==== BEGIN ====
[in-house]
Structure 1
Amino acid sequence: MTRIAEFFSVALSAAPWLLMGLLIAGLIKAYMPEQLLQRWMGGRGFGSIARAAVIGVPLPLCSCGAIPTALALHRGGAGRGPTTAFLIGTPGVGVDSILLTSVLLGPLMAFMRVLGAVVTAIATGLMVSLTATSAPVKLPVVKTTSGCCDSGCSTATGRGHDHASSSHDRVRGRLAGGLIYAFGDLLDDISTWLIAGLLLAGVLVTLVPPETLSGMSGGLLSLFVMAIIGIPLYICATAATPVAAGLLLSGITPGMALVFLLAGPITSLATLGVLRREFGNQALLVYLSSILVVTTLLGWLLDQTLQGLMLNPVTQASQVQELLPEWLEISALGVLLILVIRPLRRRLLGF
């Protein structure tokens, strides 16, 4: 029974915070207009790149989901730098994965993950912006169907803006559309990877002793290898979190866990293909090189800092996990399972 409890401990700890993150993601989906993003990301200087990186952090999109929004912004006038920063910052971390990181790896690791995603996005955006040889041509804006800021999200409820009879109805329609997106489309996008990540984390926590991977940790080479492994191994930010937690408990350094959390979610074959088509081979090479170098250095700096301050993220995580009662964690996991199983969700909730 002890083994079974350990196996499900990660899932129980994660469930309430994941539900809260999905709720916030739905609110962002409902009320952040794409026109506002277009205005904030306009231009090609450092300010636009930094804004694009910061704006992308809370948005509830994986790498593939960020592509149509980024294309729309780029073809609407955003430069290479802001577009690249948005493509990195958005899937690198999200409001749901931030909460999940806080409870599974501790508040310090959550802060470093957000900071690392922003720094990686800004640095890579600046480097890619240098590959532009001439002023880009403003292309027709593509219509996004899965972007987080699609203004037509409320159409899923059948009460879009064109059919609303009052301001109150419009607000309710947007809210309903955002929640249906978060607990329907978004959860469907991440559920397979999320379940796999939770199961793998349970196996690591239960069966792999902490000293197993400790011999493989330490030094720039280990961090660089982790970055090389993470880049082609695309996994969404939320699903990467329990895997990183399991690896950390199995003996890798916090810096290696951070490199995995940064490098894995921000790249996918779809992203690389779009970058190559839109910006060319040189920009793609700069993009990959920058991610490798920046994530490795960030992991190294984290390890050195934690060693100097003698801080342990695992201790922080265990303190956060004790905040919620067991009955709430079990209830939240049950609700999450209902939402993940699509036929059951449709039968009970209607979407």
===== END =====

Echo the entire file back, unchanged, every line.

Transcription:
[in-house]
Structure 1
Amino acid sequence: MTRIAEFFSVALSAAPWLLMGLLIAGLIKAYMPEQLLQRWMGGRGFGSIARAAVIGVPLPLCSCGAIPTALALHRGGAGRGPTTAFLIGTPGVGVDSILLTSVLLGPLMAFMRVLGAVVTAIATGLMVSLTATSAPVKLPVVKTTSGCCDSGCSTATGRGHDHASSSHDRVRGRLAGGLIYAFGDLLDDISTWLIAGLLLAGVLVTLVPPETLSGMSGGLLSLFVMAIIGIPLYICATAATPVAAGLLLSGITPGMALVFLLAGPITSLATLGVLRREFGNQALLVYLSSILVVTTLLGWLLDQTLQGLMLNPVTQASQVQELLPEWLEISALGVLLILVIRPLRRRLLGF
């Protein structure tokens, strides 16, 4: 029974915070207009790149989901730098994965993950912006169907803006559309990877002793290898979190866990293909090189800092996990399972 409890401990700890993150993601989906993003990301200087990186952090999109929004912004006038920063910052971390990181790896690791995603996005955006040889041509804006800021999200409820009879109805329609997106489309996008990540984390926590991977940790080479492994191994930010937690408990350094959390979610074959088509081979090479170098250095700096301050993220995580009662964690996991199983969700909730 002890083994079974350990196996499900990660899932129980994660469930309430994941539900809260999905709720916030739905609110962002409902009320952040794409026109506002277009205005904030306009231009090609450092300010636009930094804004694009910061704006992308809370948005509830994986790498593939960020592509149509980024294309729309780029073809609407955003430069290479802001577009690249948005493509990195958005899937690198999200409001749901931030909460999940806080409870599974501790508040310090959550802060470093957000900071690392922003720094990686800004640095890579600046480097890619240098590959532009001439002023880009403003292309027709593509219509996004899965972007987080699609203004037509409320159409899923059948009460879009064109059919609303009052301001109150419009607000309710947007809210309903955002929640249906978060607990329907978004959860469907991440559920397979999320379940796999939770199961793998349970196996690591239960069966792999902490000293197993400790011999493989330490030094720039280990961090660089982790970055090389993470880049082609695309996994969404939320699903990467329990895997990183399991690896950390199995003996890798916090810096290696951070490199995995940064490098894995921000790249996918779809992203690389779009970058190559839109910006060319040189920009793609700069993009990959920058991610490798920046994530490795960030992991190294984290390890050195934690060693100097003698801080342990695992201790922080265990303190956060004790905040919620067991009955709430079990209830939240049950609700999450209902939402993940699509036929059951449709039968009970209607979407």